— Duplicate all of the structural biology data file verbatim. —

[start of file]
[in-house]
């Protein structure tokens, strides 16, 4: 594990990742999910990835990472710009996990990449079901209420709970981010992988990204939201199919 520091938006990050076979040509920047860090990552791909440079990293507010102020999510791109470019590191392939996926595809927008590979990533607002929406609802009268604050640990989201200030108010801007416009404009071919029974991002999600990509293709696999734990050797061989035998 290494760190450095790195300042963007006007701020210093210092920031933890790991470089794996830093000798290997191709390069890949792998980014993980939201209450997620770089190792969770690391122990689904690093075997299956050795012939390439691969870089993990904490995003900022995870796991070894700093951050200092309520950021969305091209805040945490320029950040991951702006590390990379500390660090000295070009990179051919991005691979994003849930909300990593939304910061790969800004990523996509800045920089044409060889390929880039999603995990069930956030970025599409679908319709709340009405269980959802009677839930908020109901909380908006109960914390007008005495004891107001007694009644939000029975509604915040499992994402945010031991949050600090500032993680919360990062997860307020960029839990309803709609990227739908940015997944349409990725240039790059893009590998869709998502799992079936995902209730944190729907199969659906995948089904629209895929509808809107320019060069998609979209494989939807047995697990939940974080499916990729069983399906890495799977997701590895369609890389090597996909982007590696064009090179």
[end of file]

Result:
[in-house]
């Protein structure tokens, strides 16, 4: 594990990742999910990835990472710009996990990449079901209420709970981010992988990204939201199919 520091938006990050076979040509920047860090990552791909440079990293507010102020999510791109470019590191392939996926595809927008590979990533607002929406609802009268604050640990989201200030108010801007416009404009071919029974991002999600990509293709696999734990050797061989035998 290494760190450095790195300042963007006007701020210093210092920031933890790991470089794996830093000798290997191709390069890949792998980014993980939201209450997620770089190792969770690391122990689904690093075997299956050795012939390439691969870089993990904490995003900022995870796991070894700093951050200092309520950021969305091209805040945490320029950040991951702006590390990379500390660090000295070009990179051919991005691979994003849930909300990593939304910061790969800004990523996509800045920089044409060889390929880039999603995990069930956030970025599409679908319709709340009405269980959802009677839930908020109901909380908006109960914390007008005495004891107001007694009644939000029975509604915040499992994402945010031991949050600090500032993680919360990062997860307020960029839990309803709609990227739908940015997944349409990725240039790059893009590998869709998502799992079936995902209730944190729907199969659906995948089904629209895929509808809107320019060069998609979209494989939807047995697990939940974080499916990729069983399906890495799977997701590895369609890389090597996909982007590696064009090179």